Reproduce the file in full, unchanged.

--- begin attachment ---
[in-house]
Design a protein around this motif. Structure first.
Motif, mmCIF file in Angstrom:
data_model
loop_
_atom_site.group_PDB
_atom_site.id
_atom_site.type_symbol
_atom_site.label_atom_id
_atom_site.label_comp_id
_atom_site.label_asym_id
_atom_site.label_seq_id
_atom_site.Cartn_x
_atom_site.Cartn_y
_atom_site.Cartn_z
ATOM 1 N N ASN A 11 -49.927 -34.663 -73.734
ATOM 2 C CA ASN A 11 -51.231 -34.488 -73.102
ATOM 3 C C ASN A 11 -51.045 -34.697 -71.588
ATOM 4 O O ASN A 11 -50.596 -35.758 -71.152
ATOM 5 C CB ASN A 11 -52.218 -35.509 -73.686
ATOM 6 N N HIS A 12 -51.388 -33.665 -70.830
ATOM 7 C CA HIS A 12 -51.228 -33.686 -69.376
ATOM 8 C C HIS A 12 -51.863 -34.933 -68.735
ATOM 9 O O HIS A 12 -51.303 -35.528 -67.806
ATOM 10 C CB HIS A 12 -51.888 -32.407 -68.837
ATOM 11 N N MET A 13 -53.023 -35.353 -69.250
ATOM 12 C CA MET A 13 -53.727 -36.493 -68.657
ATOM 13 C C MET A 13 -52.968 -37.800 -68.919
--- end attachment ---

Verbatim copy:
[in-house]
Design a protein around this motif. Structure first.
Motif, mmCIF file in Angstrom:
data_model
loop_
_atom_site.group_PDB
_atom_site.id
_atom_site.type_symbol
_atom_site.label_atom_id
_atom_site.label_comp_id
_atom_site.label_asym_id
_atom_site.label_seq_id
_atom_site.Cartn_x
_atom_site.Cartn_y
_atom_site.Cartn_z
ATOM 1 N N ASN A 11 -49.927 -34.663 -73.734
ATOM 2 C CA ASN A 11 -51.231 -34.488 -73.102
ATOM 3 C C ASN A 11 -51.045 -34.697 -71.588
ATOM 4 O O ASN A 11 -50.596 -35.758 -71.152
ATOM 5 C CB ASN A 11 -52.218 -35.509 -73.686
ATOM 6 N N HIS A 12 -51.388 -33.665 -70.830
ATOM 7 C CA HIS A 12 -51.228 -33.686 -69.376
ATOM 8 C C HIS A 12 -51.863 -34.933 -68.735
ATOM 9 O O HIS A 12 -51.303 -35.528 -67.806
ATOM 10 C CB HIS A 12 -51.888 -32.407 -68.837
ATOM 11 N N MET A 13 -53.023 -35.353 -69.250
ATOM 12 C CA MET A 13 -53.727 -36.493 -68.657
ATOM 13 C C MET A 13 -52.968 -37.800 -68.919